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VIDEO: ODU's Engineering RobotX Team Competes in Hawaii

By Keith Pierce

When we hear the term, "unmanned systems," we almost immediately think of drones or autonomous cars.

But for the Old Dominion University RobotX team, it's all about the boat.

Last month, while most students were finishing the fall semester and preparing for their holiday break, six multidisciplinary engineering students were in Honolulu, competing with 14 other teams from three continents in the 2018 Maritime RobotX Challenge.

The week-long biennial competition, designed to foster student interest in autonomous systems, is supported by the Office of Naval Research (ONR) and co-sponsored by the Association of Unmanned Vehicles International Foundation and NAVATEK, a Hawaii-based company that designs ships, small crafts and other amphibious vehicles.

"You learn a lot in your classes, but you don't really get to apply it to the real world until you get out of school," said Andrea Robey, co-captain and a junior majoring in modeling, simulation and visualization engineering. "By getting involved in opportunities like this, you're able to test those new skills and try those new methods on something real and see it in action. So this has been really rewarding."

RobotX teams use a common boat platform called the Wave Adaptive Modular Vessel (WAM-V). Each team must equip its vessel with hardware, software, sensors, propulsion and control systems. The vessel must be programmed to make independent decisions and complete assigned missions, including navigation, object identification, obstacle avoidance and data collection. Tasks must be completed without human guidance, intervention or remote control. Only five of the 15 teams qualified for the finals.

The ODU team attempted seven of the eight challenges; it was unable to compete in one because it lacked a required submersible.

"As a point of reference, however, there were six teams (including Georgia Tech and Michigan) that completed fewer tasks than we did and one team that completed the same tasks," said Yiannis Papelis, chief scientist and research professor at ODU's Virginia Modeling Analysis and Simulation Center (VMASC). "That put us somewhere around seventh place in the unofficial rankings."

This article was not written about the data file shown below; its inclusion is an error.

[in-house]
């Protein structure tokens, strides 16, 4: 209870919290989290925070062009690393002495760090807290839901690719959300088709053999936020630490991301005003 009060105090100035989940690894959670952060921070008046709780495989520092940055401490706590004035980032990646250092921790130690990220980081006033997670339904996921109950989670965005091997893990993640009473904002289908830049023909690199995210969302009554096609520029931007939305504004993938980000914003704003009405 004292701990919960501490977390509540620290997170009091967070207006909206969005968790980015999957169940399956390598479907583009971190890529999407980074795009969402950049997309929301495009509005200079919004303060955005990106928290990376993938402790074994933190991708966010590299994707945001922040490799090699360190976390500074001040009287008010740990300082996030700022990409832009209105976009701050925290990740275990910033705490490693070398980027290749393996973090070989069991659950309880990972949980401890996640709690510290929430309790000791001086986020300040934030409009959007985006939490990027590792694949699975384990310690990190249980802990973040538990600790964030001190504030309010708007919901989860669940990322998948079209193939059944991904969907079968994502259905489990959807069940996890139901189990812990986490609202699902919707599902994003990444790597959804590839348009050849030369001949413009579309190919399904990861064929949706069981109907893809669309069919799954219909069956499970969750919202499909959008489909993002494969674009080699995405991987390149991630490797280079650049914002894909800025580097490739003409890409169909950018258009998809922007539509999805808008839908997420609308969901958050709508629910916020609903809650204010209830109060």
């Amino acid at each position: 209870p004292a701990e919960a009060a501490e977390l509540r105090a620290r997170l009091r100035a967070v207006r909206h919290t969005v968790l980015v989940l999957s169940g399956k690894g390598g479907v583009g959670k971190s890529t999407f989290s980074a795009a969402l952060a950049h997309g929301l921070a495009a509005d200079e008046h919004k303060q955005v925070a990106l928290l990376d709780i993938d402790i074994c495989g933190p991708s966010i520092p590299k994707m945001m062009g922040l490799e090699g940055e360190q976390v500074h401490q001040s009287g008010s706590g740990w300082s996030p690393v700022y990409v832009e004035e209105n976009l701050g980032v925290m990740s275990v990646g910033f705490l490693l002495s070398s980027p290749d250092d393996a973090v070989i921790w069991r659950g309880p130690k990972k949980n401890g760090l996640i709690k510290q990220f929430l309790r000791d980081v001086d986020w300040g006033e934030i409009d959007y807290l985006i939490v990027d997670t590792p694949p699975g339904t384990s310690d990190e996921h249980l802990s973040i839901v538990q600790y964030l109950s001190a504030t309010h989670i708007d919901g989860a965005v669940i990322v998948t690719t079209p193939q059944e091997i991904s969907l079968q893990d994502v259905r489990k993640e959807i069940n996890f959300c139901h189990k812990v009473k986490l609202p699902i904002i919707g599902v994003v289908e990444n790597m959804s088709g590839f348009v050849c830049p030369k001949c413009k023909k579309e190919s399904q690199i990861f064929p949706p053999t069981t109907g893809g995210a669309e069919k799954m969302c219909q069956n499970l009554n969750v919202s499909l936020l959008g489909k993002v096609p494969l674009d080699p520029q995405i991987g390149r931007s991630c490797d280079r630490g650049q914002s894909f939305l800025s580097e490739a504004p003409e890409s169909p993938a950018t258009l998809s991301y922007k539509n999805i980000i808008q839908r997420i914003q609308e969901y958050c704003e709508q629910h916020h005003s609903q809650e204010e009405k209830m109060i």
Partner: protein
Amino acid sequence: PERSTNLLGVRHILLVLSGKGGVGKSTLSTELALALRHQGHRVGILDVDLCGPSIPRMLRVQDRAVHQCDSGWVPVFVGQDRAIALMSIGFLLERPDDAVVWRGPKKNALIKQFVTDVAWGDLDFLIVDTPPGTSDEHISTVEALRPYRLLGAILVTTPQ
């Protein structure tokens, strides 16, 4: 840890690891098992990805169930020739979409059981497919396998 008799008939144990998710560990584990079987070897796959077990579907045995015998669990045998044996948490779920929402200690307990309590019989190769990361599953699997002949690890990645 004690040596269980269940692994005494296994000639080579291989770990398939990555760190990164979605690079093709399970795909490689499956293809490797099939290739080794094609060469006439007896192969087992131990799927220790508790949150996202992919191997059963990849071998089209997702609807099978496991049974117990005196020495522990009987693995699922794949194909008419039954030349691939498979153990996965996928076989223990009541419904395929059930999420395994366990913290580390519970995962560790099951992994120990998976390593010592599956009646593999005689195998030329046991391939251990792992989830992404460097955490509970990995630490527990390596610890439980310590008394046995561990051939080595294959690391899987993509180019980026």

Teams also had to create a website and video, write a technical design paper outlining their work and give a presentation. Nearly $100,000 in cash prizes were up for grabs. The ODU team came home with $5,300.

"Our presentation and our technical review both received a lot of positive feedback," Robey said. "We won the 'Carpe Diem' award, which came with $3,500 in prize money, for 'always going for the challenge' and being willing to try anything. We also took second place for our website design, which was a $1,500 prize."

The team also received $300 for being a first-time competitor.

Nearly 40 ODU students from multidisciplinary engineering programs, including mechanical, electrical, and modeling, simulation and visualization engineering (MSVE), have been involved in the project - many through senior design projects - over the past year.

"Working as a multidisciplinary team in this competition gave us experience with engineering fields that we wouldn't have had otherwise, in addition to the experience presenting in detail our design and intentions to industry professionals in both group and one-on-one settings," explained Ntiana Sakioti, co-captain and MSVE graduate student. "Getting to know the other teams and judges was not only rewarding in terms of technical knowledge, but it also provided the opportunity to gain friendships and have a lot of fun."

The team also received support from ODU MSVE alum Johnny Garcia. He is the founder & CEO of SimIS, Inc., a modeling and simulation company in Portsmouth that often sponsors engineering internships.

"We're effectively studying approaches for making intelligent machines that can behave autonomously," Papelis said. "In the maritime domain, this is very important, which is why the U.S. Navy is heavily investing in unmanned vehicles."

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